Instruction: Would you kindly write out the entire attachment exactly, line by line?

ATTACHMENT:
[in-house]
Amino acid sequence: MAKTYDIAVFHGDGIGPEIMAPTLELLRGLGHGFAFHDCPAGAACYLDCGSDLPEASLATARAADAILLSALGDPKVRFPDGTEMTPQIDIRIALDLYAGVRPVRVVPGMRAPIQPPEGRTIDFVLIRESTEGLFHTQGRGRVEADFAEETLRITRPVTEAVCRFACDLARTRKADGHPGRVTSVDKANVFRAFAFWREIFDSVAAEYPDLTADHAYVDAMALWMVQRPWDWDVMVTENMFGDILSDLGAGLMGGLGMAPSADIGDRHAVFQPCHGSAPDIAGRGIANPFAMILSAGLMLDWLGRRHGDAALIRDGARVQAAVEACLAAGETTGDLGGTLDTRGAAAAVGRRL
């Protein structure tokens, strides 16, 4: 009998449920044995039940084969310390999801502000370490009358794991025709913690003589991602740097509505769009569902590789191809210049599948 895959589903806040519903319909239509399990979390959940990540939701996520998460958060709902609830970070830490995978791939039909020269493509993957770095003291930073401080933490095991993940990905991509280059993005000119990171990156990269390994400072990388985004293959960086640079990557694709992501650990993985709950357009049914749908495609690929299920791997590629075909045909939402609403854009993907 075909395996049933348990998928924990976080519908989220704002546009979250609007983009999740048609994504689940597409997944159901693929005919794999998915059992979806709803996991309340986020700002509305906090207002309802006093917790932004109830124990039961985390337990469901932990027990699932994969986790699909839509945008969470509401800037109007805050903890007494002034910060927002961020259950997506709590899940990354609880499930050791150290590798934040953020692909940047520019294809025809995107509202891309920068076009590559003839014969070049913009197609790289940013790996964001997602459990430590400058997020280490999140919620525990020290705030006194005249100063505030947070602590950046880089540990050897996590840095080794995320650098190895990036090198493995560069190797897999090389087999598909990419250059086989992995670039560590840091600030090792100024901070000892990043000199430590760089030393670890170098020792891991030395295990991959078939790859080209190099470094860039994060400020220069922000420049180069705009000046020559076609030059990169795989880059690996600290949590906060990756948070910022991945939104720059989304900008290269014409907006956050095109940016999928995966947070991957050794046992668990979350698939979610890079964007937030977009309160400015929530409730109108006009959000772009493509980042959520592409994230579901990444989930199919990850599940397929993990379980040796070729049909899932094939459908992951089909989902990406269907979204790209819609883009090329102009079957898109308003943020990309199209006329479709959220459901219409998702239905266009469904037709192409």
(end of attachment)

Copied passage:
[in-house]
Amino acid sequence: MAKTYDIAVFHGDGIGPEIMAPTLELLRGLGHGFAFHDCPAGAACYLDCGSDLPEASLATARAADAILLSALGDPKVRFPDGTEMTPQIDIRIALDLYAGVRPVRVVPGMRAPIQPPEGRTIDFVLIRESTEGLFHTQGRGRVEADFAEETLRITRPVTEAVCRFACDLARTRKADGHPGRVTSVDKANVFRAFAFWREIFDSVAAEYPDLTADHAYVDAMALWMVQRPWDWDVMVTENMFGDILSDLGAGLMGGLGMAPSADIGDRHAVFQPCHGSAPDIAGRGIANPFAMILSAGLMLDWLGRRHGDAALIRDGARVQAAVEACLAAGETTGDLGGTLDTRGAAAAVGRRL
């Protein structure tokens, strides 16, 4: 009998449920044995039940084969310390999801502000370490009358794991025709913690003589991602740097509505769009569902590789191809210049599948 895959589903806040519903319909239509399990979390959940990540939701996520998460958060709902609830970070830490995978791939039909020269493509993957770095003291930073401080933490095991993940990905991509280059993005000119990171990156990269390994400072990388985004293959960086640079990557694709992501650990993985709950357009049914749908495609690929299920791997590629075909045909939402609403854009993907 075909395996049933348990998928924990976080519908989220704002546009979250609007983009999740048609994504689940597409997944159901693929005919794999998915059992979806709803996991309340986020700002509305906090207002309802006093917790932004109830124990039961985390337990469901932990027990699932994969986790699909839509945008969470509401800037109007805050903890007494002034910060927002961020259950997506709590899940990354609880499930050791150290590798934040953020692909940047520019294809025809995107509202891309920068076009590559003839014969070049913009197609790289940013790996964001997602459990430590400058997020280490999140919620525990020290705030006194005249100063505030947070602590950046880089540990050897996590840095080794995320650098190895990036090198493995560069190797897999090389087999598909990419250059086989992995670039560590840091600030090792100024901070000892990043000199430590760089030393670890170098020792891991030395295990991959078939790859080209190099470094860039994060400020220069922000420049180069705009000046020559076609030059990169795989880059690996600290949590906060990756948070910022991945939104720059989304900008290269014409907006956050095109940016999928995966947070991957050794046992668990979350698939979610890079964007937030977009309160400015929530409730109108006009959000772009493509980042959520592409994230579901990444989930199919990850599940397929993990379980040796070729049909899932094939459908992951089909989902990406269907979204790209819609883009090329102009079957898109308003943020990309199209006329479709959220459901219409998702239905266009469904037709192409």